The rate people in the UK are able to buy their own homes is at the fourth lowest level in Europe, official new figures show.
According to the most recent figures compiled by EU statistics agency Eurostat, only Denmark, Austria and Germany – countries where the rental market is favoured – now have lower home ownership rates.
Home ownership reached a peak in April 2003, when 71 per cent of households owned their own homes. In 2015, 63.5 per cent did, down almost one per cent from 2014.
Across the EU overall, almost seven in ten people lived in owner-occupied homes.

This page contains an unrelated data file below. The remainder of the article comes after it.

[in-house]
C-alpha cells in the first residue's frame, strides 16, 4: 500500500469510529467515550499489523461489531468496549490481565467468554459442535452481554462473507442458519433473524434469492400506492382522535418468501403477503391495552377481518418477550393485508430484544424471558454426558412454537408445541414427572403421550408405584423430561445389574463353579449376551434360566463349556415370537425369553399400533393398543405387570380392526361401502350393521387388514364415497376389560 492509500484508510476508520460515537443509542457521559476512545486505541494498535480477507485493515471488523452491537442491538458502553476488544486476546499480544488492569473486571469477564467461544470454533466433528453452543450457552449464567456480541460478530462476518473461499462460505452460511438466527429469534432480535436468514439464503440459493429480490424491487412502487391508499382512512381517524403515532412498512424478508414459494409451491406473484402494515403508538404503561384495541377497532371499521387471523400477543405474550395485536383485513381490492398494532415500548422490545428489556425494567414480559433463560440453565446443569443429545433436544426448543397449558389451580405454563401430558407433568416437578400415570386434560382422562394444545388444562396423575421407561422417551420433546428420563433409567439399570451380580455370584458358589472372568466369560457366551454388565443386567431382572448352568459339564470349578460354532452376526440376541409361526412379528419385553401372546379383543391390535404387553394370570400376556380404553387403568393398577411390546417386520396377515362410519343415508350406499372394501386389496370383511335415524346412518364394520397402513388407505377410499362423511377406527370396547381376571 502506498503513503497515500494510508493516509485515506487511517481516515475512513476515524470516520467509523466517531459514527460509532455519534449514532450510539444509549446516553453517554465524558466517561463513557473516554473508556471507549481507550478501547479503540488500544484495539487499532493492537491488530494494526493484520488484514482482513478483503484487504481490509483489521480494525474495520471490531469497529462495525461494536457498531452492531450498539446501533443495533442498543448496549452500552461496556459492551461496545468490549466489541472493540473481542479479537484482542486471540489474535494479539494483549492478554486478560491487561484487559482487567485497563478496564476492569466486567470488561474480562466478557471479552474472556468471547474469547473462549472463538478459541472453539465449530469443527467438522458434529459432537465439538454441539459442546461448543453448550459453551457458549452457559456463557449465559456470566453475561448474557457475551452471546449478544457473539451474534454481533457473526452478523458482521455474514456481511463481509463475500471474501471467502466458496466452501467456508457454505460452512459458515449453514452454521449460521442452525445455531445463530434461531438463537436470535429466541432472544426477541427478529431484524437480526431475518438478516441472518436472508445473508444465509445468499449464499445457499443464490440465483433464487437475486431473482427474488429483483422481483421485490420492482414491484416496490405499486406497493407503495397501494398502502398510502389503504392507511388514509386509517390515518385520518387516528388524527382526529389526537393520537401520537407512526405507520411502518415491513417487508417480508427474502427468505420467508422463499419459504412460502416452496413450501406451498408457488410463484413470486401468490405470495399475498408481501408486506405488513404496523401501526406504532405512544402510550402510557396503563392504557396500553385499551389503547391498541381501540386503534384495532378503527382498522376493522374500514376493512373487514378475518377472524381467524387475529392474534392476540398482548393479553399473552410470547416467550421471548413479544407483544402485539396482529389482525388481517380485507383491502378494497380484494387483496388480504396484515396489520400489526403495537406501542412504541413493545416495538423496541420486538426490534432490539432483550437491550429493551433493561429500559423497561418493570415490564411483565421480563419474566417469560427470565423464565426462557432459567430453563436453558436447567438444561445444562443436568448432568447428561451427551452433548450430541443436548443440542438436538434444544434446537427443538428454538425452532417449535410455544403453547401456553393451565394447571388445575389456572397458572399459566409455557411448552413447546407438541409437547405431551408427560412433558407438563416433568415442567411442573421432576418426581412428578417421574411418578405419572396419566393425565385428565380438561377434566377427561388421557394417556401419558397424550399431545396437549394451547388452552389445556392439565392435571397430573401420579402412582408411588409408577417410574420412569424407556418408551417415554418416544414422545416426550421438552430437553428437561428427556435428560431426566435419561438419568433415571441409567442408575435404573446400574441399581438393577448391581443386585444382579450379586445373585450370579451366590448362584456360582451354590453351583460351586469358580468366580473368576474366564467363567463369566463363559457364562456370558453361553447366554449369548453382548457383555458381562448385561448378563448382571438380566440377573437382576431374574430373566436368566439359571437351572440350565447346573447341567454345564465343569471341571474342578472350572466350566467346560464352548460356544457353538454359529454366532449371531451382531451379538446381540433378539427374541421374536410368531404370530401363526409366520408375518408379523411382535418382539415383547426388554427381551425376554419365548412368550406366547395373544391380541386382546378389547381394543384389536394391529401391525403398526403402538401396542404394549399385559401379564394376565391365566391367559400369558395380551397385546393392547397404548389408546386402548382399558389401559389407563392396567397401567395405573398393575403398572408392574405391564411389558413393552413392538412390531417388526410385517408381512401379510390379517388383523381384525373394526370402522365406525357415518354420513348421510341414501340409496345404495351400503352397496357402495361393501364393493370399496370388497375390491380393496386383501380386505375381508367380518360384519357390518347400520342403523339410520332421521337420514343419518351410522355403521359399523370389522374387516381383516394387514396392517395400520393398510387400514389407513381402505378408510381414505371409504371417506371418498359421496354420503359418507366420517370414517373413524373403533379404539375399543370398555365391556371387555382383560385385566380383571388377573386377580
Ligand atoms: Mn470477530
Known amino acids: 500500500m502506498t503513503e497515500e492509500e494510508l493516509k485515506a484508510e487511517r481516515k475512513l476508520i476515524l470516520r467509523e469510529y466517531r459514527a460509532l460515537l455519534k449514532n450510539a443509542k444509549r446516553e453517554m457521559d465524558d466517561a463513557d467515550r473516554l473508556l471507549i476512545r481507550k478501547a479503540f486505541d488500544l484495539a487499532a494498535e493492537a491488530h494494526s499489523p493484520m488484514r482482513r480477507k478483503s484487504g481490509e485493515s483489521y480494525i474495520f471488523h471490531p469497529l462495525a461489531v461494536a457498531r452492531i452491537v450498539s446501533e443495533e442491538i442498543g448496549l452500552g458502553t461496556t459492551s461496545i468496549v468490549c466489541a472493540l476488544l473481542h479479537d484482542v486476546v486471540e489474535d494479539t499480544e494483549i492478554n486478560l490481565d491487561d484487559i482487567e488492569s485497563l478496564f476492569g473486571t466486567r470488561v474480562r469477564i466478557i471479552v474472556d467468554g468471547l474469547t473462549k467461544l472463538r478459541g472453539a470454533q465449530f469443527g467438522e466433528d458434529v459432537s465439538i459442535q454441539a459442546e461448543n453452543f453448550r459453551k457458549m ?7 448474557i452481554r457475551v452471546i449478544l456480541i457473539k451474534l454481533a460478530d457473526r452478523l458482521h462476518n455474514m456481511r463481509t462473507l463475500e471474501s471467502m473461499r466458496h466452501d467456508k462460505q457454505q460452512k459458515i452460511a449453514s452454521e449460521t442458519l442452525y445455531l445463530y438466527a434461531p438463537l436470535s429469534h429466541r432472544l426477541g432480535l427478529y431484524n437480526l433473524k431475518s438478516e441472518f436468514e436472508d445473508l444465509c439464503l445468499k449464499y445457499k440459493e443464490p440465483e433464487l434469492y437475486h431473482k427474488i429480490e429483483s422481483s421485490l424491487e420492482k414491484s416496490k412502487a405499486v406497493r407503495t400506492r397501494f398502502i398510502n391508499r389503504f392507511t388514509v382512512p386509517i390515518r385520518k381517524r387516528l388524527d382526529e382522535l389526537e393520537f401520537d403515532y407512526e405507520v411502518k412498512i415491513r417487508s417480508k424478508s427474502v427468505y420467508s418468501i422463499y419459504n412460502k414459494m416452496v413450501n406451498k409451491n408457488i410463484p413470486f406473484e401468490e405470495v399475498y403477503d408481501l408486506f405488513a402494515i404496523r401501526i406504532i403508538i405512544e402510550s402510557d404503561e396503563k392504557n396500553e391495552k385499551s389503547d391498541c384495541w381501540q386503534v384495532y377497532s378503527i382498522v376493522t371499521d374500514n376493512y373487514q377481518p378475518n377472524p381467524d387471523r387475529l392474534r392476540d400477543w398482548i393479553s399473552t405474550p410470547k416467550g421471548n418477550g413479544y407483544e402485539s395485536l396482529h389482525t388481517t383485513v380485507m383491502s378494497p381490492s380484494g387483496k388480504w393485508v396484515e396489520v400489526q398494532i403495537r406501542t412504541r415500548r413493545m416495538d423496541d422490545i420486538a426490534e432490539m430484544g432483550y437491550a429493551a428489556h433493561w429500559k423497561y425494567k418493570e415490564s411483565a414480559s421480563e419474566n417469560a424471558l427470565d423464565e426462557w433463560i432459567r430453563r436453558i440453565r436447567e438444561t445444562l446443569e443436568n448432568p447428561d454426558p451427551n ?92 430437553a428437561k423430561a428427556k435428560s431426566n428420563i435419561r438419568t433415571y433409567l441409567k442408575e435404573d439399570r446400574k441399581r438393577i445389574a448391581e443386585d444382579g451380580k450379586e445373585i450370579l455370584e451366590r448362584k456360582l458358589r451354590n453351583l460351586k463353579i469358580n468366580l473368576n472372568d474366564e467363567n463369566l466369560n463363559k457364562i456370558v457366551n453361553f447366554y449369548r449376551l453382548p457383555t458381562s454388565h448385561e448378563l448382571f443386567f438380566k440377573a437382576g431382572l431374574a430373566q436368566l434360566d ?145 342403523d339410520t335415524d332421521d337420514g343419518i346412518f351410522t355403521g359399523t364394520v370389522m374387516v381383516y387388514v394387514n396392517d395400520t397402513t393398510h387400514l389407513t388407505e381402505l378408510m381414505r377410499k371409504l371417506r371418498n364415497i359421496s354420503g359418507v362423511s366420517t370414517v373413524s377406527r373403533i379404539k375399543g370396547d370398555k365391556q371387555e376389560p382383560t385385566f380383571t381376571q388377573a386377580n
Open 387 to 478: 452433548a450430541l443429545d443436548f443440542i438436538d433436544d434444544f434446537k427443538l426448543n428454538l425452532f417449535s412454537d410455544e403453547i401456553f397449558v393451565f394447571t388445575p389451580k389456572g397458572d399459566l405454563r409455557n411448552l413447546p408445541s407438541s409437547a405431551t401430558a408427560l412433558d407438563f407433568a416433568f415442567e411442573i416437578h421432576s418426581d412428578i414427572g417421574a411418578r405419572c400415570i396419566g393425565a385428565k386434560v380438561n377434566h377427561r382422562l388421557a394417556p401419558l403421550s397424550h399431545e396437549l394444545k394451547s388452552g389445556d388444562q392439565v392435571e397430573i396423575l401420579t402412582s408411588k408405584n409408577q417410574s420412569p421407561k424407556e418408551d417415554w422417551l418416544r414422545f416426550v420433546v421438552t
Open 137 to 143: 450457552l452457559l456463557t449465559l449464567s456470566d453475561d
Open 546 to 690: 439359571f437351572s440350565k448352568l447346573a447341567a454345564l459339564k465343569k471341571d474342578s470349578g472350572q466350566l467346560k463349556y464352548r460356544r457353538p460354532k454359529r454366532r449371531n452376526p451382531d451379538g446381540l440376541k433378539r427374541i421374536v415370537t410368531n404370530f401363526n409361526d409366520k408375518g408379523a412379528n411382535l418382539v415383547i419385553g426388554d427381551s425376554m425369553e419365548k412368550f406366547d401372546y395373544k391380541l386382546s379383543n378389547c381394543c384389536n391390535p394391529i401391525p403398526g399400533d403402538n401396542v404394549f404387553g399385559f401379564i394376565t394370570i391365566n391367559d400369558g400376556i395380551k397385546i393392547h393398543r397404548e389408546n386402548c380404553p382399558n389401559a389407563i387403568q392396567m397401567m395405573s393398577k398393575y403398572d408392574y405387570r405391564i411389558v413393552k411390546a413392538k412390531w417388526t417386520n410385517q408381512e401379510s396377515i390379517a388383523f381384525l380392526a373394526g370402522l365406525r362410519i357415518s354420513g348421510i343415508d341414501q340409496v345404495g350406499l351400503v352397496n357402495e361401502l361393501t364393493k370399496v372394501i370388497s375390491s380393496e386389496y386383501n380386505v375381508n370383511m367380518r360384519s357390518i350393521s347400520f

In August a report by the Resolution Foundation found that home ownership had fallen to its lowest level in 30 years as the gap between earnings and property prices widened.
Germany, which has a renting culture, has the lowest rate in the EU with just over half (51.9 per cent) of people the home they live in.
The highest ownership rates were in eastern Europe including Romania, Croatia, Lithuania and Slovakia all around the 90 per cent mark.
With more demand for homes to rent in the UK, experts have predicted there will be a shortfall of 1.8 million homes by 2025.
Analysts say the problem is particularly acute for young people. The number of 25-to-34-year-olds owning their own home plunged has plunged about a third, or 334,000 since 2011.